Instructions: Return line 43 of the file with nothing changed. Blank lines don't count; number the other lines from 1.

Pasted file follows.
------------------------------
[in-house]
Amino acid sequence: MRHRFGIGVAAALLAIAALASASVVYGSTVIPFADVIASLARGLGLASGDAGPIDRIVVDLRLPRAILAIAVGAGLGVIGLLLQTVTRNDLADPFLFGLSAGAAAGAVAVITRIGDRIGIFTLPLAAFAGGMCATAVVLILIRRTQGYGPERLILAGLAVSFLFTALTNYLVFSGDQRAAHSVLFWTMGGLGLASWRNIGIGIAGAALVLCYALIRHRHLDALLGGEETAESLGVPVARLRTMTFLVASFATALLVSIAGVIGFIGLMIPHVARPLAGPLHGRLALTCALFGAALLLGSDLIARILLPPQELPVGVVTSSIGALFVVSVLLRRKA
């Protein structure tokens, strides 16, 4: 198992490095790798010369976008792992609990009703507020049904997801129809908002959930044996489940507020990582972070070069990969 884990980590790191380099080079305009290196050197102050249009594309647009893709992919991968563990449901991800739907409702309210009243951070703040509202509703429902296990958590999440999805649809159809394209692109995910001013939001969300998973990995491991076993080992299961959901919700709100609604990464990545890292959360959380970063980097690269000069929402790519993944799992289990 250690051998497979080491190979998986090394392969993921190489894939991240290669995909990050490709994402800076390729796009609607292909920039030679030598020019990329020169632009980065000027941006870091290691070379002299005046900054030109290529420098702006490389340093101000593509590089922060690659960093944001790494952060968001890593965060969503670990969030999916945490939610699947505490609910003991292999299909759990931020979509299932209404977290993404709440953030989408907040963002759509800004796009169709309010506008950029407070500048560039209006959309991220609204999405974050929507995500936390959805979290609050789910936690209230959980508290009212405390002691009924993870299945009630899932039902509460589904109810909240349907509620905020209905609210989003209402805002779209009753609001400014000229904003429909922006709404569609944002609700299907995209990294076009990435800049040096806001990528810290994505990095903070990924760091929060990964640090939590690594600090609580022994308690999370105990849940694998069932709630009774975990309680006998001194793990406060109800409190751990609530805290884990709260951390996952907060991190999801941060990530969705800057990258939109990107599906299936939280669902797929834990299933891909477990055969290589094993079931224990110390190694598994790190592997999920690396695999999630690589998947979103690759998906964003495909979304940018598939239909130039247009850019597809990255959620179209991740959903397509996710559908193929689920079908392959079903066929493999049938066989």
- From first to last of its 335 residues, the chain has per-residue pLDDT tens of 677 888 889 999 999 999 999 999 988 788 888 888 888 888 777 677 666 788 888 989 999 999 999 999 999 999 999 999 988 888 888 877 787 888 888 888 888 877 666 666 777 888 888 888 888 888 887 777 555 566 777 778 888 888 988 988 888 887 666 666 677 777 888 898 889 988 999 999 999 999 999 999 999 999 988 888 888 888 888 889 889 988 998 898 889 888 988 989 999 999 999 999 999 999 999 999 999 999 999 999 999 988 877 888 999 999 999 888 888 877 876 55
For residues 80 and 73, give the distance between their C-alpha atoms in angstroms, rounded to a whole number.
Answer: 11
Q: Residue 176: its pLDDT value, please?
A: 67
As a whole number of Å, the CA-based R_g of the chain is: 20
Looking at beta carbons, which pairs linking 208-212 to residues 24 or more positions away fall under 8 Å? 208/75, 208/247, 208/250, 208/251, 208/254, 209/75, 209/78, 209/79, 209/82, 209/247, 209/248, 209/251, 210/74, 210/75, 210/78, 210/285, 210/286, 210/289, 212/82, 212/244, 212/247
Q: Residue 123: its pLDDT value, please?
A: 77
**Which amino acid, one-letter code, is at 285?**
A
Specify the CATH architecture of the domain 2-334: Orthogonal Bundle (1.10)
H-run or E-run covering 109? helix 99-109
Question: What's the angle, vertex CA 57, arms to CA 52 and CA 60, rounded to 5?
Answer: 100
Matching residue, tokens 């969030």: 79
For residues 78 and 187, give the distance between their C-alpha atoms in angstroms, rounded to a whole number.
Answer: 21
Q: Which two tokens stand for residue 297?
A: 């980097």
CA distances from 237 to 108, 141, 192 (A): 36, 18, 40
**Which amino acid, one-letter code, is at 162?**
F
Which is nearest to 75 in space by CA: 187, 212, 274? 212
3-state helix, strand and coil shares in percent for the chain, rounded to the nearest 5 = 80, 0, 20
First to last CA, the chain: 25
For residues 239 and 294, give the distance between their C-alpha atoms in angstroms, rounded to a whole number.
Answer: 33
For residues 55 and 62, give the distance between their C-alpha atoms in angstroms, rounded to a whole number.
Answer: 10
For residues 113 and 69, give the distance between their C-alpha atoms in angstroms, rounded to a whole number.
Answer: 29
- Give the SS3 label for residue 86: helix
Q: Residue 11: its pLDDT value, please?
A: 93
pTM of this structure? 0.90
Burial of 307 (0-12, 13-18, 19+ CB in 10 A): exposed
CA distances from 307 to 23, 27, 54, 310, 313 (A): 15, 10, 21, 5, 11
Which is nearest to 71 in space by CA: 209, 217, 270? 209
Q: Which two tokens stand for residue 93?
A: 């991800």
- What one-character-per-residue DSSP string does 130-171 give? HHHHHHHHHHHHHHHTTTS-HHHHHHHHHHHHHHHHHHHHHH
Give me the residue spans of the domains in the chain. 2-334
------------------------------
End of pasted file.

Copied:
Q: Which two tokens stand for residue 93?